The Obama administration yesterday called an Israeli-Palestinian summit in Washington on 2 September to kick-start direct peace negotiations which the international community insisted "can be completed within a year".
The move concludes months of – in the end – irresistible international pressure on the Palestinian President, Mahmoud Abbas, to agree to the first face-to-face political talks with Israel for more than 18 months.
Mr Abbas and the Israeli Prime Minister, Benjamin Netanyahu, are expected to attend the launch by the US President of the negotiations, which have the explicit, if dauntingly ambitious, aim of ending the 43-year-old Israeli occupation and ushering in a Palestinian state. A delicately choreographed series of statements by the main parties last night followed weeks of diplomatic horse-trading designed to satisfy the requirements of Mr Abbas without confronting Israel with what it claimed were unacceptable "preconditions" for the talks.
Hillary Clinton, the US Secretary of State, acknowledged the manifold obstacles facing the negotiations, declaring: "There have been difficulties in the past; there will be difficulties ahead. I ask the parties to persevere, to keep moving forward even through difficult times and to continue working to achieve a just and lasting peace in the region."
Amid widespread Palestinian pessimism over whether talks with Mr Netanyahu's right-wing Israeli government could bear fruit, Mr Abbas had long been arguing for the present partial freeze on Israeli settlement building in the West Bank to be extended beyond its September deadline.
At the same time, the Palestinian President had been seeking explicit "parameters" for the talks – including a stipulation that a future two-state solution to the conflict should be based on Israel's pre-1967 borders.
Last night, the Palestinian leadership accepted the invitation to talks but warned their participation depended on Israel not announcing any new settlement building. After a meeting of the Palestine Liberation Organisation's executive committee in Ramallah, the chief Palestinian negotiator, Saeb Erekat, said: "If the Israeli government decides to announce new tenders on 26 September, then we won't be able to continue with the talks."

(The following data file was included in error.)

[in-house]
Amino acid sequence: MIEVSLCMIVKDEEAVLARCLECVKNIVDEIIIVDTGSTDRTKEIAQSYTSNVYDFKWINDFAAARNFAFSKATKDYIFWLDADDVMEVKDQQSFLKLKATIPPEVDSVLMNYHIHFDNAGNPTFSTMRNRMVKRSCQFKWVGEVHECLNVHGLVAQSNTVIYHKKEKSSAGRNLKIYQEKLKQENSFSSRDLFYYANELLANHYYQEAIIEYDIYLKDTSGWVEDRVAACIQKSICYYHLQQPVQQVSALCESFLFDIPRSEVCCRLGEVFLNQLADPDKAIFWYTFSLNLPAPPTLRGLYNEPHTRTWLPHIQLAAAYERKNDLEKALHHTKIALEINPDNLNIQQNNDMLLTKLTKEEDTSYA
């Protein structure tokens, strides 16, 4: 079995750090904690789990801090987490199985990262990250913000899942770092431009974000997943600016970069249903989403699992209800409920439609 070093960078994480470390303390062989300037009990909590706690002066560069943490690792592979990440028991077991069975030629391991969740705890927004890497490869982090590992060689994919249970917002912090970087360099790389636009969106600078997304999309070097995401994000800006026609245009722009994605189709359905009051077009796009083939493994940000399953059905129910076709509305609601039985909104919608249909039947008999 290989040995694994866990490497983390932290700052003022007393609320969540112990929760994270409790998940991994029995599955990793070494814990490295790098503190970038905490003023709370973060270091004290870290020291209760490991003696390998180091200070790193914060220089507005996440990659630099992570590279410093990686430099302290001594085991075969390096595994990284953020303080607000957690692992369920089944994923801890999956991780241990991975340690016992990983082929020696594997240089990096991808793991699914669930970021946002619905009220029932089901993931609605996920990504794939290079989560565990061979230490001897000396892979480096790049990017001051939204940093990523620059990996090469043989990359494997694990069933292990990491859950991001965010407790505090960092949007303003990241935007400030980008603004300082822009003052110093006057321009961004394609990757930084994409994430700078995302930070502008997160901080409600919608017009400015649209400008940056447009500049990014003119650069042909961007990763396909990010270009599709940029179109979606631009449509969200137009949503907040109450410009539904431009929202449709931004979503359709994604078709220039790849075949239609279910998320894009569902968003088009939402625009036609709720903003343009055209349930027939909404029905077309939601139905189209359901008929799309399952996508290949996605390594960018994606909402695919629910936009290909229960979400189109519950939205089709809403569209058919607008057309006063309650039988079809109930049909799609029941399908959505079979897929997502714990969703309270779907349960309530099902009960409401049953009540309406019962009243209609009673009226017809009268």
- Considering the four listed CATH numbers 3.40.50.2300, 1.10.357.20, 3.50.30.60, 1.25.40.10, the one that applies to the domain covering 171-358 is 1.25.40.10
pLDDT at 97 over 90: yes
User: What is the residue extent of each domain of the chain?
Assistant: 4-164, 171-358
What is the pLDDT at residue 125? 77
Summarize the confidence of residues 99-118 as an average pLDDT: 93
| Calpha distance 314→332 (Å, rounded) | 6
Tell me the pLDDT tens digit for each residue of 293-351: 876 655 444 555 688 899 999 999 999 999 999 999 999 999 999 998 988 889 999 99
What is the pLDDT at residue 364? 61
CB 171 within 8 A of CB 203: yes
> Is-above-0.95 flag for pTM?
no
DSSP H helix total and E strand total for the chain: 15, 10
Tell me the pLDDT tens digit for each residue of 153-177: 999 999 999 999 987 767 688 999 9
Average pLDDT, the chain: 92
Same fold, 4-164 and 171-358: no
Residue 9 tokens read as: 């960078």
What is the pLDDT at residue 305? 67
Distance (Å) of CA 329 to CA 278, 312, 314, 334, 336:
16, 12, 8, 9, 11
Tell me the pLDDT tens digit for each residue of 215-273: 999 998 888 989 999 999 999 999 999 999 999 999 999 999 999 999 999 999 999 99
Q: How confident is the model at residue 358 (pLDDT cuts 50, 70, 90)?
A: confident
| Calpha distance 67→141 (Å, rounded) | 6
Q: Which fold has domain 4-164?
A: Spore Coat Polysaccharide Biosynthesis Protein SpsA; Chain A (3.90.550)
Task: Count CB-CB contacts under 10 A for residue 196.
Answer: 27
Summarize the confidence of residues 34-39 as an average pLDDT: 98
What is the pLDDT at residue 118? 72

The new Quartet statement does not itself refer to the settlements issue, but instead reaffirms the Quartet's "full commitment" to statements made at its Moscow and Trieste meetings earlier this year. The Moscow statement repeated earlier calls – reaffirmed by the US presidential envoy George Mitchell yesterday – for Israel to freeze all settlement activity, dismantle settlement outposts erected since 2001, and refrain from house demolitions in Arab East Jerusalem. The talks will exclude Hamas, which retains control of Gaza and which has repeatedly opposed Mr Abbas's entering direct negotiations.
Mr Netanyahu last night welcomed the invitation to Washington, where President Obama will hold one-to-one talks with the leaders before holding a dinner to which Egypt's President Hosni Mubarak, King Abdullah of Jordan and the Quartet envoy Tony Blair have also been invited.
Mr Netanyahu said Israel had been calling for talks for a year and a half and was pleased they would be "without preconditions". Mr Erekat had earlier said the Quartet statement "contains the elements needed to provide for a peace agreement".Reuse content